That may sound like a cop-out, but I do have some logic behind the decision. It basically comes down to two reasons:
- Cost: I simply don't have the money to lay out for all the components required to do a HERMS system correctly. I need to do something that can make use of things I already have on hand, like my mishmash of pots and MLTs. And, as I mentioned in the last post, a significant amount of the money I have to spend on this has to be applied to getting the power wired correctly. The wire for the 50A feeder is going to cost almost $200 by itself. I don't need another $200 worth of copper tubing, bulkhead fittings, etc. to drive the cost up further. Besides, I want to get a grain mill so I can start buying my grain uncrushed so it keeps longer.
- Purpose: the main idea is to get tighter control over the mash temperature while converting to all-electric brewing. HERMS will certainly provide that control, but so will the two-vessel Brutus 20, and with one less pot and heating element to deal with. That means one less PID, two fewer SSRs, one less heatsink, etc. to wire up (and buy, see the previous point).
I guess it really comes down to a "walk before you run" approach to moving forward. I'm in love with the HERMS concept, and I'd like nothing more than to have a totally automated 3 vessel system with solenoid valves and the whole nine yards, but that's a hell of a step up from what I'm doing now.
So how am I going to go forward? I think HBT user jfkriege has the right idea for a process concept that matches my limitations as a brewer and a DIY'er. His two-vessel system uses continuous recirculation through the brew kettle to maintain mash temperature, with a gravity return from the BK to the MLT to simplify the plumbing and cut down on the connections that have to be made. He's using an immersion chiller to cool his wort after boiling, which I can do to start, although I would really like to use the counterflow chiller that I built on spring break last year but never documented (or hooked up for anything other than a leak test) because it saves water.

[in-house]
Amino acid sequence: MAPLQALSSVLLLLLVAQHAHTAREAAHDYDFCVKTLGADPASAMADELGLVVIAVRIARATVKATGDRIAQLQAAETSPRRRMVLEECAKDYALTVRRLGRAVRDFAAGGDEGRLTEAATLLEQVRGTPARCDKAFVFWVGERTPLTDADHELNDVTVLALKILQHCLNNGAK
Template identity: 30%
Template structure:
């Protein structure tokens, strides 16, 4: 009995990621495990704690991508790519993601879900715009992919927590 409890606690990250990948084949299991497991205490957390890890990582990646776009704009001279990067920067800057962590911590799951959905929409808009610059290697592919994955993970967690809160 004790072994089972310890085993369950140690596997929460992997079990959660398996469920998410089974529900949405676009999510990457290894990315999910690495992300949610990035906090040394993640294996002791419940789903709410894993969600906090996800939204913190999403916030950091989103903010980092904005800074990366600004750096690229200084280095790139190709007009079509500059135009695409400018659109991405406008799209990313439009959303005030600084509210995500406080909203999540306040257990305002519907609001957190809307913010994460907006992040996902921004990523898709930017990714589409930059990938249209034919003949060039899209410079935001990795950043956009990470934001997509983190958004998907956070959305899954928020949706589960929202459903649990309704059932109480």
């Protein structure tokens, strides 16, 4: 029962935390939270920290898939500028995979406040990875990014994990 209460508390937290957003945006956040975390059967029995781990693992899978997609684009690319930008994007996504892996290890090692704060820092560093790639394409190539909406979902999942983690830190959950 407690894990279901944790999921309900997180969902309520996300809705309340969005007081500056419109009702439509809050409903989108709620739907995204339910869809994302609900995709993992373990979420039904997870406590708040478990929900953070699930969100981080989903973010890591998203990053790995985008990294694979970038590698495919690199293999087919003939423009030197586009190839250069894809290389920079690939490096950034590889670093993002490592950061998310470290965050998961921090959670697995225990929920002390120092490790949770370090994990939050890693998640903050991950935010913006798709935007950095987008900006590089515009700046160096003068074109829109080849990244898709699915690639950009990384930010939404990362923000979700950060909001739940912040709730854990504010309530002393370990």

I figure that I can get started with this concept pretty quickly, because I have most of the big parts on hand. I plan to use my existing 20 gallon pot as the brew kettle and my existing large cooler MLT. All I really need to do, in general, is:
- Get the 50A circuit run out to the garage, and accumulate all the plugs, receptacles, switches and cords needed to set up the control panel. I bought the 50A spa disconnect panel with GFCI last week so that process is underway.
- Build a two-level stand that allows for gravity return from the BK to the MLT and pump feed from the MLT to the BK.
- Convert the 20 gallon pot to a 5500W 240V electric kettle
- Build the control panel with a PID, two SSRs (one for each leg of the power so that when it's off, it's off), a pump on-off switch and other minor items.
- Get some hoses and disconnects
- Build the bulkhead connections for the BK mash feed and return and the BK drain (I'd like to have a sight glass here for ease of measuring water and wort levels)
- Hook up the counterflow chiller
These are all things I can do in a stepwise fashion while still retaining the ability to brew. For example, there are no modifications to the MLT, and the BK mods can be done in phases (heating element first, then bulkhead ports, then sensor for the PID, etc.) while still being usable for brewing. I can switch to electric boiling as soon as I get the 50A circuit run to the garage and the heating element added to the BK, and as I mentioned I can use my existing immersion chiller until I get ready to add the CFC.
The reference system build includes a smaller "pilot" setup that can do really small (2.5 gallon) batches, and while that would be nice, I think I can do that after the initial setup of the 5-to-10 gallon system. I'm more likely, once this build is finished, to switch over and work on a more stable fermentation temperature control solution that works in the winter. Speaking of which...
110101K Wizard's Wheat
I neglected to assign a batch number to last week's brew, partly because I didn't know if it was appropriate for something made from a kit. I decided I needed a number (if for no other reason than to mark the keg) so I designated the batch according to the usual standard with an added 'K' suffix to show it's from a kit, not a Fork and Hay recipe. I didn't create a record for it in my BeerSmith database though. For the record, the OG was 1.048, which was within the expected range specified in the instructions.
It's been fermenting away for a week now, and things are starting to slow down. I have been able to keep the temperature at around 65F in the room where I placed the carboy, thanks to a small space heater with a thermostat and a fan. It's just enough to counteract the normal heat loss in that room during the night. I'm going to give it until next weekend, then keg it while adding some raspberry extract that the Brewmistress included in my Christmas present.